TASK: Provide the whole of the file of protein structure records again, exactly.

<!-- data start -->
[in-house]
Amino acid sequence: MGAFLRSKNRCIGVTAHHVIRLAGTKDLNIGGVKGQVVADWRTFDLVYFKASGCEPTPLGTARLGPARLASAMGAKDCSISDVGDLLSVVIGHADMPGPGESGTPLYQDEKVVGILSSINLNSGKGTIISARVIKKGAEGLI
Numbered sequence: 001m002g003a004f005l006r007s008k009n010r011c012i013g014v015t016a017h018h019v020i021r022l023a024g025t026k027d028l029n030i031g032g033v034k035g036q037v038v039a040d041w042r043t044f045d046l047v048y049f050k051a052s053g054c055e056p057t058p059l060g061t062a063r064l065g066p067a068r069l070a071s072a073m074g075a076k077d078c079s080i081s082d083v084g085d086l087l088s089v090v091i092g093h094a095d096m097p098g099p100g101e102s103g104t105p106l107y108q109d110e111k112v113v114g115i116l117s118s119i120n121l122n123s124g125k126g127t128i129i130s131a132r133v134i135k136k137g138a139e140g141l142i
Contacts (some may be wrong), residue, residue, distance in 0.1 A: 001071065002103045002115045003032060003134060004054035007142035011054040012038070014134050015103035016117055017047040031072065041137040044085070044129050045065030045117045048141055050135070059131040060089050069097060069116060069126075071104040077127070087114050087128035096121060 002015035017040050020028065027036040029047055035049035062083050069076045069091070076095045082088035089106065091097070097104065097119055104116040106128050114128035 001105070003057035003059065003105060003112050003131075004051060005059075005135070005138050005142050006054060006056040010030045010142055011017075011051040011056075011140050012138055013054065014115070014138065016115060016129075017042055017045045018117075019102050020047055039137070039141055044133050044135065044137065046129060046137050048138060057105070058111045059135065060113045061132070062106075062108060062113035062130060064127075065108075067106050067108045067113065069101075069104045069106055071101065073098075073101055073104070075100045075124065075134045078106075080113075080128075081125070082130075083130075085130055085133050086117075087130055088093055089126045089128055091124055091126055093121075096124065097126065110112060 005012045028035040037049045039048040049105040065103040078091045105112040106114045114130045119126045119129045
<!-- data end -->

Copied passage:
[in-house]
Amino acid sequence: MGAFLRSKNRCIGVTAHHVIRLAGTKDLNIGGVKGQVVADWRTFDLVYFKASGCEPTPLGTARLGPARLASAMGAKDCSISDVGDLLSVVIGHADMPGPGESGTPLYQDEKVVGILSSINLNSGKGTIISARVIKKGAEGLI
Numbered sequence: 001m002g003a004f005l006r007s008k009n010r011c012i013g014v015t016a017h018h019v020i021r022l023a024g025t026k027d028l029n030i031g032g033v034k035g036q037v038v039a040d041w042r043t044f045d046l047v048y049f050k051a052s053g054c055e056p057t058p059l060g061t062a063r064l065g066p067a068r069l070a071s072a073m074g075a076k077d078c079s080i081s082d083v084g085d086l087l088s089v090v091i092g093h094a095d096m097p098g099p100g101e102s103g104t105p106l107y108q109d110e111k112v113v114g115i116l117s118s119i120n121l122n123s124g125k126g127t128i129i130s131a132r133v134i135k136k137g138a139e140g141l142i
Contacts (some may be wrong), residue, residue, distance in 0.1 A: 001071065002103045002115045003032060003134060004054035007142035011054040012038070014134050015103035016117055017047040031072065041137040044085070044129050045065030045117045048141055050135070059131040060089050069097060069116060069126075071104040077127070087114050087128035096121060 002015035017040050020028065027036040029047055035049035062083050069076045069091070076095045082088035089106065091097070097104065097119055104116040106128050114128035 001105070003057035003059065003105060003112050003131075004051060005059075005135070005138050005142050006054060006056040010030045010142055011017075011051040011056075011140050012138055013054065014115070014138065016115060016129075017042055017045045018117075019102050020047055039137070039141055044133050044135065044137065046129060046137050048138060057105070058111045059135065060113045061132070062106075062108060062113035062130060064127075065108075067106050067108045067113065069101075069104045069106055071101065073098075073101055073104070075100045075124065075134045078106075080113075080128075081125070082130075083130075085130055085133050086117075087130055088093055089126045089128055091124055091126055093121075096124065097126065110112060 005012045028035040037049045039048040049105040065103040078091045105112040106114045114130045119126045119129045